A Course of Continuing Education Learned Through the Study of Life and Current Global Markets
February, 2000 – Update
The Economic Power of Play
WORLD REPORT Update, February 11, Little Horse Creek. Last night I sat by the creek listening to its torrents caused by the melting snow. As the sun set, Ma (our trusty spotted hound who showed up starving last year in the pumpkin patch-WR issue 12-99 and stayed) was romping about the meadow in play. She’s probably a year old now but is still a puppy at heart. Watching her having so much fun chasing nothing in particular started me thinking. As adults we learn to take everything (especially matters relating to money) so seriously. We have forgetten how to play.
Yet if we look back over the past few years we will see how little differences and play have created huge, gigantic, incalculable amounts of wealth.
The little difference is in the way telephone companies charge for use. In the U.S. phone users pay a set charge and make local calls freely. Yet in Europe the phone calls are charged for all calls (even local) at a per minute of use rate.
I believe this little difference created a subtle change in the mentality of American versus European youths. Remember as a kid how you spent endless hours chatting on the phone (or how your kids and grandkids do now)? In Europe this was not so, the price of such conversation was metered and way too high.
This changed the way Americans think about, feel and use technology to disseminate information freely. This subtle change helped create the culture that led to the Internet and the concept of opening information to everyone at no charge. Yet all this talking was just a form of play.
Then came the computer and freer thinking American kids started playing computer games. Here another subtle difference took effect. European education is much tougher than in the U.S. European kids in school don’t have much time to play. Yet the games which so absorbed our American children led to a human intimacy with the computer perhaps never encountered before. That understanding matched with the free spending telephoning days helped the Internet to be born.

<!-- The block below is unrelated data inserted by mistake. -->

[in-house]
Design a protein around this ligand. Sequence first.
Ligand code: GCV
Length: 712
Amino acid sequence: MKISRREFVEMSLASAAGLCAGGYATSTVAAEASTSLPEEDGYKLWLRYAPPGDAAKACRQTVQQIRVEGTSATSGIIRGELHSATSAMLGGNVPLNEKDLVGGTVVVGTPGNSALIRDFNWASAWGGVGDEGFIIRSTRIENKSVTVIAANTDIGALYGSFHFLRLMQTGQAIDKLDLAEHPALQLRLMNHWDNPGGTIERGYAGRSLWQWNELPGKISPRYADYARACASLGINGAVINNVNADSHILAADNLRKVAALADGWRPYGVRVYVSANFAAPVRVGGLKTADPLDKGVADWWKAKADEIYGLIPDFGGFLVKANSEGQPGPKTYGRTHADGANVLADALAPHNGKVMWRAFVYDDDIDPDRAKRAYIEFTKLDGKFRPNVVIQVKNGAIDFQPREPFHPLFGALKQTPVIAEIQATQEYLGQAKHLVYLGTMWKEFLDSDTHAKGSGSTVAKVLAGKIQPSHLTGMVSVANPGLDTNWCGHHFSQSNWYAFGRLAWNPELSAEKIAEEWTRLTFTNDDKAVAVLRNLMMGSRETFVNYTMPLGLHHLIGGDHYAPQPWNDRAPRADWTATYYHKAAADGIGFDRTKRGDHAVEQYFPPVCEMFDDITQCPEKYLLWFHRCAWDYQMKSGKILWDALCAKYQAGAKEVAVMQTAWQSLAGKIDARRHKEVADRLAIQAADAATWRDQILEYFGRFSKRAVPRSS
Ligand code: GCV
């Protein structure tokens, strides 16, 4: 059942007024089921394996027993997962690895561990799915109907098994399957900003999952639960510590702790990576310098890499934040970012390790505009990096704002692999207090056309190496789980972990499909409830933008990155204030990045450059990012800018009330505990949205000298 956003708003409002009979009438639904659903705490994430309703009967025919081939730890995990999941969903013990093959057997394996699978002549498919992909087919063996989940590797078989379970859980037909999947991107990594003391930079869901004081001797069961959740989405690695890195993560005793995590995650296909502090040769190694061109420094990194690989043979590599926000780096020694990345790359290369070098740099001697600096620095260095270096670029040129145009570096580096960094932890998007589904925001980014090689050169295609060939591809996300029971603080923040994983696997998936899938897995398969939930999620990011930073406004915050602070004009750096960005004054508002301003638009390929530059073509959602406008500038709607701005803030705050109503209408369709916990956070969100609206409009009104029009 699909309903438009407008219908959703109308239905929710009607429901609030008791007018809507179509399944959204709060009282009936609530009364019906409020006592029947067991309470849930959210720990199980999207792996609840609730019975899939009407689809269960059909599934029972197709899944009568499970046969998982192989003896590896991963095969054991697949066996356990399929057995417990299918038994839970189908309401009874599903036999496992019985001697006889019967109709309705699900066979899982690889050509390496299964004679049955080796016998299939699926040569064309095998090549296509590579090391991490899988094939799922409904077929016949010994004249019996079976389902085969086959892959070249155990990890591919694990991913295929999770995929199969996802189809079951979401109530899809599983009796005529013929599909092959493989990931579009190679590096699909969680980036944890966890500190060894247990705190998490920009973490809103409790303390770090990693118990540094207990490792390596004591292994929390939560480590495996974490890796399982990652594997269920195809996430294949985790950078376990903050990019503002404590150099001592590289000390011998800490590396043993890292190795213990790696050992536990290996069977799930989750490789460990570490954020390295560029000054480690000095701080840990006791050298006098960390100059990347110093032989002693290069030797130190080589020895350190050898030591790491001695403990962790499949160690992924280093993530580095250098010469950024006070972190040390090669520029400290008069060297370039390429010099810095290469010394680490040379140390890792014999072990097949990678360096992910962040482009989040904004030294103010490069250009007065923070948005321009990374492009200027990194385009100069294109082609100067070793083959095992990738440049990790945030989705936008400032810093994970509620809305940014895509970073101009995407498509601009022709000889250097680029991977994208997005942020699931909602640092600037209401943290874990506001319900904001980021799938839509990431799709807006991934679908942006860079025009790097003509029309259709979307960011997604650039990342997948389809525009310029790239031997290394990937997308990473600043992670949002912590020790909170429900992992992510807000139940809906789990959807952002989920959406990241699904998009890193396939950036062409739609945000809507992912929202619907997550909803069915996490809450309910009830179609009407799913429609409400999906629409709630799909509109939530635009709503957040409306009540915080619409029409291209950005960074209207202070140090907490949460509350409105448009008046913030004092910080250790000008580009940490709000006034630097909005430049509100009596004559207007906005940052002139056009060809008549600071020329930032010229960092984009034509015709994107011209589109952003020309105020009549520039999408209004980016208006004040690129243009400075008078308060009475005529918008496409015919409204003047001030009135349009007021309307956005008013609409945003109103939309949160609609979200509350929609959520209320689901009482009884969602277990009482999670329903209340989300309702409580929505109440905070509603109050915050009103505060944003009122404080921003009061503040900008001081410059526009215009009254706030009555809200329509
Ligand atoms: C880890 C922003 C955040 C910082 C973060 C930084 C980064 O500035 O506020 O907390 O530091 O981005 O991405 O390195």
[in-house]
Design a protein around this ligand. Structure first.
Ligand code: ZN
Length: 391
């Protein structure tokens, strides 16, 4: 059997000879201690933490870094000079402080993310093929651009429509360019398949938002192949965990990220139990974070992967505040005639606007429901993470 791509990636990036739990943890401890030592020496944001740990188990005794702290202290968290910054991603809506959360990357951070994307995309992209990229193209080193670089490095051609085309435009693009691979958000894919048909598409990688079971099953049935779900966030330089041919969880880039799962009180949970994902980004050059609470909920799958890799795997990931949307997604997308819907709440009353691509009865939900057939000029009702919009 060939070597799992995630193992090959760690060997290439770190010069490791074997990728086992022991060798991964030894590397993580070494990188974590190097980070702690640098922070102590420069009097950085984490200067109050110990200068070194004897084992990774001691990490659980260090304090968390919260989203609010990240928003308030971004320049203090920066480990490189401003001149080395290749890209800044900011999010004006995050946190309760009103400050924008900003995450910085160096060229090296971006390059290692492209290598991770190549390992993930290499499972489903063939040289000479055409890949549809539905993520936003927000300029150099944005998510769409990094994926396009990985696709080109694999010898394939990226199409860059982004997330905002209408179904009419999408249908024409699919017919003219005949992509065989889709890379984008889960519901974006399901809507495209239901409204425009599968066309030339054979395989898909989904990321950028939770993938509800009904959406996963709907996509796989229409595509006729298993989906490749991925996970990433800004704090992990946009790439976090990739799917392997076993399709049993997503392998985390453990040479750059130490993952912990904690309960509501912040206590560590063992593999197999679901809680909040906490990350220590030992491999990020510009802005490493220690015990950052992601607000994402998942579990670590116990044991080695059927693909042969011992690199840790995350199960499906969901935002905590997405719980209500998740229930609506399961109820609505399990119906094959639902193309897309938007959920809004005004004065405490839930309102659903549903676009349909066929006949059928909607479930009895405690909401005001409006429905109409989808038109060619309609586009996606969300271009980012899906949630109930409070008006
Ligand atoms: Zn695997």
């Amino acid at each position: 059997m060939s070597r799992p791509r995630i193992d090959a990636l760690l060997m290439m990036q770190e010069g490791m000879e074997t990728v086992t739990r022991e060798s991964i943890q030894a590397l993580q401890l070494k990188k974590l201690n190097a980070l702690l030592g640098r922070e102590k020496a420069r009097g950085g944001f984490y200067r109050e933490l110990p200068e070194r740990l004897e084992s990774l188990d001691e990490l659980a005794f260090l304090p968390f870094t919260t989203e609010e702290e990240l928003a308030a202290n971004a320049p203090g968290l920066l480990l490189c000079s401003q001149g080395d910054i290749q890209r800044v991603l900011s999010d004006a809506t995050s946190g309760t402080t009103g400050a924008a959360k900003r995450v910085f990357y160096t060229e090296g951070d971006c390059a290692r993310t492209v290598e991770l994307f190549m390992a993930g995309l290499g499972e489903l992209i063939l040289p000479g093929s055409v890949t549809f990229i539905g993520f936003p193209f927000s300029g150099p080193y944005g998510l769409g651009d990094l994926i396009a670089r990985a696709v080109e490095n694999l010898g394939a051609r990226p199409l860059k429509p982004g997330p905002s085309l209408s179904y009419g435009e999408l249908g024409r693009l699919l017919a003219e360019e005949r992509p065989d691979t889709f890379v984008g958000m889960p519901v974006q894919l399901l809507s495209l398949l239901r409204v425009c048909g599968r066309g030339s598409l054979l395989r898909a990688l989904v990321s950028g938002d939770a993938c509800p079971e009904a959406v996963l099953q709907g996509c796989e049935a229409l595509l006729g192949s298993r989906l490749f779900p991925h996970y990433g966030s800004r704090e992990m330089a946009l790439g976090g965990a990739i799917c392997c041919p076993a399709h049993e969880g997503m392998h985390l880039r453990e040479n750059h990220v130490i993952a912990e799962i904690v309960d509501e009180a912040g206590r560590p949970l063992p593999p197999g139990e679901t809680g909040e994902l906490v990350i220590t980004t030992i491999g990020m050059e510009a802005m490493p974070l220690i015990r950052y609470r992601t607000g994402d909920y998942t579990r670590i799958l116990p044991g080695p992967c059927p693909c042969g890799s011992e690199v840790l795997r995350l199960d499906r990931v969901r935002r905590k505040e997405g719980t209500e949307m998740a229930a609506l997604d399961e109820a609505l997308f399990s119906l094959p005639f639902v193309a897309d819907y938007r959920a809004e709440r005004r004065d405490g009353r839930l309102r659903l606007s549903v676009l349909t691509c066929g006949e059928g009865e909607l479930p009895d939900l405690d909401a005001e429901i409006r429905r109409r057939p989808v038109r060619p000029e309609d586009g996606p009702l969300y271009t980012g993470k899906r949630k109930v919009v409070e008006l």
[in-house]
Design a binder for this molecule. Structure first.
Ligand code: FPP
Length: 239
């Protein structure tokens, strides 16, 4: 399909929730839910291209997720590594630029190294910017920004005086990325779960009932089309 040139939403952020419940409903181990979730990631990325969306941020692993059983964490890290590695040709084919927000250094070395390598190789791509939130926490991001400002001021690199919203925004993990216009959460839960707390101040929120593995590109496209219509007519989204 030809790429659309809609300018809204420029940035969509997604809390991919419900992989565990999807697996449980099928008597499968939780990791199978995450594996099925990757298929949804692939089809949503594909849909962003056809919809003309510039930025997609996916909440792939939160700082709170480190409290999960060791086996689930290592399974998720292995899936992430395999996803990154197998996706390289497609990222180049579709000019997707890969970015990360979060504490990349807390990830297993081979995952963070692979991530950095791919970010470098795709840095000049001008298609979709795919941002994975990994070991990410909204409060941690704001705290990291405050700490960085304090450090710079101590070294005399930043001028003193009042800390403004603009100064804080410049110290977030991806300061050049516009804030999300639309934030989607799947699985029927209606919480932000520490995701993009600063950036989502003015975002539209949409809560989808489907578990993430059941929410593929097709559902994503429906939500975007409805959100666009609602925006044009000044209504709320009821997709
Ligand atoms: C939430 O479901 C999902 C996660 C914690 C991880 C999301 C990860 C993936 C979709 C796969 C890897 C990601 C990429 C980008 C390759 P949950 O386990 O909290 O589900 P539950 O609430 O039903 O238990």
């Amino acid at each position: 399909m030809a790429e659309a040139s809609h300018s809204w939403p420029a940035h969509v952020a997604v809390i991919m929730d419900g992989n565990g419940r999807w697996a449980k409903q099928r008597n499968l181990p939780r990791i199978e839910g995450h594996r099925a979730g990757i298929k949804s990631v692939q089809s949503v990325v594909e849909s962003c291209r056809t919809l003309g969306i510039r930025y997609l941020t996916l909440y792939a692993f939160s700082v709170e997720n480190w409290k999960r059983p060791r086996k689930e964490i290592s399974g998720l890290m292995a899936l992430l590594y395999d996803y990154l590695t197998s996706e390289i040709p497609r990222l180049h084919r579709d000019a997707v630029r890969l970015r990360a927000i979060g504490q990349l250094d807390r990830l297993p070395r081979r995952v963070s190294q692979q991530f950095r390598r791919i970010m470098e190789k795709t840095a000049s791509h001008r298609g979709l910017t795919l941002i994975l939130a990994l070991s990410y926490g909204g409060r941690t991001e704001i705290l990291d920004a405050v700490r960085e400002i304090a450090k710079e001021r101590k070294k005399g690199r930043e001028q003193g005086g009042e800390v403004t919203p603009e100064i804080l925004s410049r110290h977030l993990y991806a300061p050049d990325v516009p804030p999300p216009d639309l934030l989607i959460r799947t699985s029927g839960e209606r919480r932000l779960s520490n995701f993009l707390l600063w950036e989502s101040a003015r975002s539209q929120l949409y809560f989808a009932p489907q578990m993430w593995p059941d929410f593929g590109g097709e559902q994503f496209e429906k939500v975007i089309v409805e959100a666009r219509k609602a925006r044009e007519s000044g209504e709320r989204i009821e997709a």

Take this a step further and perhaps it all makes sense. The U.S. is less reverent of tradition. School and learning old things are less important. Play is a way of learning what is new, of matching imagination and exercise without the fear of failure. Think about that and we might see why God created play.
From a practical point of view one of the greatest college drop outs in recent history has to be Bill Gates. He probably was too busy playing computer games to bother with school! Look where his play led him.
All these thoughts lead me to recommend a novel I am reading entitled “Factoring Humanity”. This is a novel that may some day help you create wealth. Here’s why.
In the August 1999 issue of WORLD REPORTS, I wrote about Quantum Computers and the mind blowing changes they will wreak upon our society over the next thirty years.
Smart investors will learn what these computers are and how they work as soon as they can. Quantum computers will be among the next really big waves (bigger than Microsoft). Yet this is not easy, because the concepts and sciences involved are complex and defy conventional thought. Now thanks to a recommendation from EClub advisor Steve Rosberg, I am reading this novel which is a well written, enjoyable, easy to read, science fiction novel that also helps understand the workings of quantum computers. What an enjoyable way to get ahead in the world! Get this book right now. You can order it through book stores or here on the site.
The fortunes of the future belong to those who learn how to look ahead and break traditional bounds. The next billionaires will create their wealth in industries that don’t even exist today. We probably won’t find these secrets by working hard either. So relax, read a novel and enjoy the process. The real future is in play!
Factoring Humanity, by Robert J. Sawyer. Published by Tor Science Fiction books. It’s 2007. A signal is detected coming from deep space. Mysterious, unintelligible data streams in for ten years. A professor who has devoted her life to deciphering this message finally understands and learns a new technology that can rip through the barriers of time and space, holding the promise of a new stage in human evolution or the end of the human race.